As a parent of four children in Chicago Public Schools from the Austin community, I am frustrated with the disorganization that has left families with closed schools this week.
I believe CPS has done a good job making the necessary adjustments this year to keep our children safe. We can’t go back to remote learning, even for a short time.
As the mother of CPS students, I think it is critically important that we have a voice in determining how any future CPS school board should be structured because it will be our children who are most impacted.
CPS parents like myself deserve to have a say in the design of a new School Board.
I understand that our elected leaders have the challenge of meeting the needs of CPS while remaining accountable to the citizens of Chicago
Kids First Chicago Parent Advisory Board (PAB) members organized a laptop and school supply giveaway in Englewood through their organization, Something Good in Englewood, in partnership with Comp-U-Dopt.
With the rolling out of E-learning curriculum and finalizing of each teacher's lesson plans, we hoped for continued high-quality education with minimal loss to students' progression.
I am the mother of four children. Two are students at Smyth Elementary and two are in daycare. We live in the Little Italy neighborhood, and have been told by Comcast, AT&T, and other providers that it is not possible to have internet installed in our home because the infrastructure is not in place in the neighborhood.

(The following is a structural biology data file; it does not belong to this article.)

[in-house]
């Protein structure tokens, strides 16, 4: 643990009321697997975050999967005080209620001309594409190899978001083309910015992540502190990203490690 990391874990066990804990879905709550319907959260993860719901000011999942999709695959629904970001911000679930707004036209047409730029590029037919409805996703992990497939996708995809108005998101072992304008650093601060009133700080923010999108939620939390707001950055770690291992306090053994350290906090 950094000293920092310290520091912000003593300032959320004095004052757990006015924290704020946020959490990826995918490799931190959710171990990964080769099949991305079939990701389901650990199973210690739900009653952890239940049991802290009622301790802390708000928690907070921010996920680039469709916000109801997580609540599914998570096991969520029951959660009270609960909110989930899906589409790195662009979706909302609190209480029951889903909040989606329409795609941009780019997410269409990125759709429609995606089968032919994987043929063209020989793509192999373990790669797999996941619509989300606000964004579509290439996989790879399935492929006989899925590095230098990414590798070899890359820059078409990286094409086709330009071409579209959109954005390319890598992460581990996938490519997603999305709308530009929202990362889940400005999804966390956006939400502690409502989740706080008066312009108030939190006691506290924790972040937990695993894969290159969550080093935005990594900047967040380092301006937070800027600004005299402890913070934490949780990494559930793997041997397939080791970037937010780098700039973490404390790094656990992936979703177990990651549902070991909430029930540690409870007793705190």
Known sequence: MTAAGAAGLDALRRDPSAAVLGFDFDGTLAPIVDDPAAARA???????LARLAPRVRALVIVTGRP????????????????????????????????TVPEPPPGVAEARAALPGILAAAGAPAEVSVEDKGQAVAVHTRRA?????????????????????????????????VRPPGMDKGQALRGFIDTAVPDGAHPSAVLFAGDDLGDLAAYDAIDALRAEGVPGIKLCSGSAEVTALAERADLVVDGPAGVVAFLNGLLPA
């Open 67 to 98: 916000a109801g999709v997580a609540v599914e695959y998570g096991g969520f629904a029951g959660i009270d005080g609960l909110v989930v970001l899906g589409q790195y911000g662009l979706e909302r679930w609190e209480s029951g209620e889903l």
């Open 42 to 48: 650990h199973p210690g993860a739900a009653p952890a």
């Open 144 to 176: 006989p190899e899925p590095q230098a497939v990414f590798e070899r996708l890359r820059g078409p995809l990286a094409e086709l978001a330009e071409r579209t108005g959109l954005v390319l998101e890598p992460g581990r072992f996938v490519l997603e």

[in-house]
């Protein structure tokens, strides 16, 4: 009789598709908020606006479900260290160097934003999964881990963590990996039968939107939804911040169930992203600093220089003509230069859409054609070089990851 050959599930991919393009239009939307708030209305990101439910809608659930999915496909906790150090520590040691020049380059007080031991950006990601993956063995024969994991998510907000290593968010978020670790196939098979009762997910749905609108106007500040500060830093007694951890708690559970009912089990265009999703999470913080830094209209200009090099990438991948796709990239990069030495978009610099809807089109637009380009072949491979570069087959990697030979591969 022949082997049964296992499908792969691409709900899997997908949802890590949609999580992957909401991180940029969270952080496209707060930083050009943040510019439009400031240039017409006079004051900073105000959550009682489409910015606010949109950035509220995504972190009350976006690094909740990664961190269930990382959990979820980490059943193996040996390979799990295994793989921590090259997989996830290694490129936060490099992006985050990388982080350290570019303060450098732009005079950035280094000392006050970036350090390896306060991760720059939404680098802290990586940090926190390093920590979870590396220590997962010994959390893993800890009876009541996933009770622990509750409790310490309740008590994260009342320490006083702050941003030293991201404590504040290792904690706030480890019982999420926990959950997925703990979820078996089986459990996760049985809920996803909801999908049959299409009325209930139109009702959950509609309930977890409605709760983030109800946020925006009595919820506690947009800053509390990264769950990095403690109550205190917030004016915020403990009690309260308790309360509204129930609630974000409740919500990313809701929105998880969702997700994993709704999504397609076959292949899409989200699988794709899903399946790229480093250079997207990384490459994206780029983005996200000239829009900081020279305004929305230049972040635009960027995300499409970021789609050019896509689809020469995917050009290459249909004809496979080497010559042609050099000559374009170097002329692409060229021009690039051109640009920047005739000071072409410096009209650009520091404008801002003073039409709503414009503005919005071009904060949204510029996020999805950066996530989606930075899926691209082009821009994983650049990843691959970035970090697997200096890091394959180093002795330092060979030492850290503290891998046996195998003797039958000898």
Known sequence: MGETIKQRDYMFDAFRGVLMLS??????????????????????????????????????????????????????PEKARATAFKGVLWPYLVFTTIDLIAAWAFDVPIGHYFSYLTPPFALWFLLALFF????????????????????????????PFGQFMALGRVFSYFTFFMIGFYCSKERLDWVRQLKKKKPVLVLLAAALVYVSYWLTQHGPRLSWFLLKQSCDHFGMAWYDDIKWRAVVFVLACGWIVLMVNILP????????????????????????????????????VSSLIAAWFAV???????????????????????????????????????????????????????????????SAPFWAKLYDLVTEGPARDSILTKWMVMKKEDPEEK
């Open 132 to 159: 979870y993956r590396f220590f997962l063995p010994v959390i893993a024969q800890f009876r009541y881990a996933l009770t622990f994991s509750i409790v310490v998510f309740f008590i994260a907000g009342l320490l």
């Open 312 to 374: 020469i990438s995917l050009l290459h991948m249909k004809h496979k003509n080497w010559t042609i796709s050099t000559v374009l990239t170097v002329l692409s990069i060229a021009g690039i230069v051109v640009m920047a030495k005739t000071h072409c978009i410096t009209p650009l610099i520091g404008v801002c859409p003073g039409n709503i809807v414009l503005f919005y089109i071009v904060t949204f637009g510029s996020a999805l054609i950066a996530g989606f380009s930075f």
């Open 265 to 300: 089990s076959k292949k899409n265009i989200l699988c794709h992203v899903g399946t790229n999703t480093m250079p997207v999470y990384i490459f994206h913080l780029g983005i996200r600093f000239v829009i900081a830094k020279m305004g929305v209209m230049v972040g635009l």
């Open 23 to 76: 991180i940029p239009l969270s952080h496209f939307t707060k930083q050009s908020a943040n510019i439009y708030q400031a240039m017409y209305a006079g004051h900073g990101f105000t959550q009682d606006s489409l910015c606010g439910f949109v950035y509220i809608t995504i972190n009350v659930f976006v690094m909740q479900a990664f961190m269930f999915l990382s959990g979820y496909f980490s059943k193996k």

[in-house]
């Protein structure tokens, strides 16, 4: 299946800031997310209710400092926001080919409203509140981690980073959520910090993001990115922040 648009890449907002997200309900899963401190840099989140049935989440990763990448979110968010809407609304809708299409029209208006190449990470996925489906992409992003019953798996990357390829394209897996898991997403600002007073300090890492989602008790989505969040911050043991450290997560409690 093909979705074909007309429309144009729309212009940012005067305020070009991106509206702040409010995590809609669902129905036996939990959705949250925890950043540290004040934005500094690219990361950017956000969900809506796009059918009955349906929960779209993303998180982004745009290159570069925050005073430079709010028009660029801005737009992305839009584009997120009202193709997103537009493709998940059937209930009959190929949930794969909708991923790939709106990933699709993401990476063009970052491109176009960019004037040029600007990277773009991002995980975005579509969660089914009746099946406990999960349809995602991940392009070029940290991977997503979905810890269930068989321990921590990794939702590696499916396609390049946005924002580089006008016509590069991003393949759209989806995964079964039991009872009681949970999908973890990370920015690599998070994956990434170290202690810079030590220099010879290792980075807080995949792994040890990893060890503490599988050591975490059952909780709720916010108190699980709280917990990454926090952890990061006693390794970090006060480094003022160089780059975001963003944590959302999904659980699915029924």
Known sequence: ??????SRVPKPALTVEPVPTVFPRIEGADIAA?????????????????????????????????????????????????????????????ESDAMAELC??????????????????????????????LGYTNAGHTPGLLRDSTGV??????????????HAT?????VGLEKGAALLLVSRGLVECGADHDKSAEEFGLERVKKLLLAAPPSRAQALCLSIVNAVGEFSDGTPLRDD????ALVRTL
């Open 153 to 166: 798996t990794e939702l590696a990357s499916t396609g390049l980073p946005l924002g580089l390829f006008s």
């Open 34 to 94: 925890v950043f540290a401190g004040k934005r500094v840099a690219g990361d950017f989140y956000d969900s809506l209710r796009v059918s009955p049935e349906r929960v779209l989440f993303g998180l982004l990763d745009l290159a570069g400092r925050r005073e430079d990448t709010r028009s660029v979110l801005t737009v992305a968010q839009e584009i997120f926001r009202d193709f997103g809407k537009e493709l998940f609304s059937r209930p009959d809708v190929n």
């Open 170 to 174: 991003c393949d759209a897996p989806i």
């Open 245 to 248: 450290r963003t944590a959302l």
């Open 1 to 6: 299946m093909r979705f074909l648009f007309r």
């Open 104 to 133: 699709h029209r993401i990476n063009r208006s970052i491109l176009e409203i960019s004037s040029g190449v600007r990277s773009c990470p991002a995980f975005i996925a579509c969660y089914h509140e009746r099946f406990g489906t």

My name is Angelica Moreno. I live in the Belmont-Cragin neighborhood, and I am a mother of two students in CPS. My son attends Prosser Academy and my daughter goes to Lloyd Elementary.
We live in the Austin community, where my son is a first-grader at Leland Elementary School. When we moved into our current home, I did not sign up for home internet for the first six months because of the cost.
I am the father of four children who attend school in the Austin community. Chicago Public Schools recently announced that 93% of students have “digital access.” I worry that this high number may lull us into complacency while it is not reflective of the reality on the ground in many of our communities.